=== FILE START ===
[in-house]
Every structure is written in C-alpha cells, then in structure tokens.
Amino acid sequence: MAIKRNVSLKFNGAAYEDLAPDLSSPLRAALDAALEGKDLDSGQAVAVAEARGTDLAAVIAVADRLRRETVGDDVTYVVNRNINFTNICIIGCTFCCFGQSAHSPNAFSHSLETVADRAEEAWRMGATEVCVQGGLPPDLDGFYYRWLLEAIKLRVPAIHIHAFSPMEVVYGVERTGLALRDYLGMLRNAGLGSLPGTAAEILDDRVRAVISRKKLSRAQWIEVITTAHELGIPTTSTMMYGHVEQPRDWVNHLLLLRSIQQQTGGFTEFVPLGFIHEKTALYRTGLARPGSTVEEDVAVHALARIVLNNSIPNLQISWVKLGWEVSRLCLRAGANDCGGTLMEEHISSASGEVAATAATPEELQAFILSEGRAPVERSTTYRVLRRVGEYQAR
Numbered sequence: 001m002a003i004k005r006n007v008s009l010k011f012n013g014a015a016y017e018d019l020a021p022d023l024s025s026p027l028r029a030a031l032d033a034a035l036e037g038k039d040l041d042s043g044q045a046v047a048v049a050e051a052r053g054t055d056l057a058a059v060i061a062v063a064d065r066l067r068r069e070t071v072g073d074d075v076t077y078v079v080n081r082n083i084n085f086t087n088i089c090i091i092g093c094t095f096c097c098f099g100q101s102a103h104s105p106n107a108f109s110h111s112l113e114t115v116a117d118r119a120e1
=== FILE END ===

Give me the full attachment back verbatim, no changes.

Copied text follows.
[in-house]
Every structure is written in C-alpha cells, then in structure tokens.
Amino acid sequence: MAIKRNVSLKFNGAAYEDLAPDLSSPLRAALDAALEGKDLDSGQAVAVAEARGTDLAAVIAVADRLRRETVGDDVTYVVNRNINFTNICIIGCTFCCFGQSAHSPNAFSHSLETVADRAEEAWRMGATEVCVQGGLPPDLDGFYYRWLLEAIKLRVPAIHIHAFSPMEVVYGVERTGLALRDYLGMLRNAGLGSLPGTAAEILDDRVRAVISRKKLSRAQWIEVITTAHELGIPTTSTMMYGHVEQPRDWVNHLLLLRSIQQQTGGFTEFVPLGFIHEKTALYRTGLARPGSTVEEDVAVHALARIVLNNSIPNLQISWVKLGWEVSRLCLRAGANDCGGTLMEEHISSASGEVAATAATPEELQAFILSEGRAPVERSTTYRVLRRVGEYQAR
Numbered sequence: 001m002a003i004k005r006n007v008s009l010k011f012n013g014a015a016y017e018d019l020a021p022d023l024s025s026p027l028r029a030a031l032d033a034a035l036e037g038k039d040l041d042s043g044q045a046v047a048v049a050e051a052r053g054t055d056l057a058a059v060i061a062v063a064d065r066l067r068r069e070t071v072g073d074d075v076t077y078v079v080n081r082n083i084n085f086t087n088i089c090i091i092g093c094t095f096c097c098f099g100q101s102a103h104s105p106n107a108f109s110h111s112l113e114t115v116a117d118r119a120e1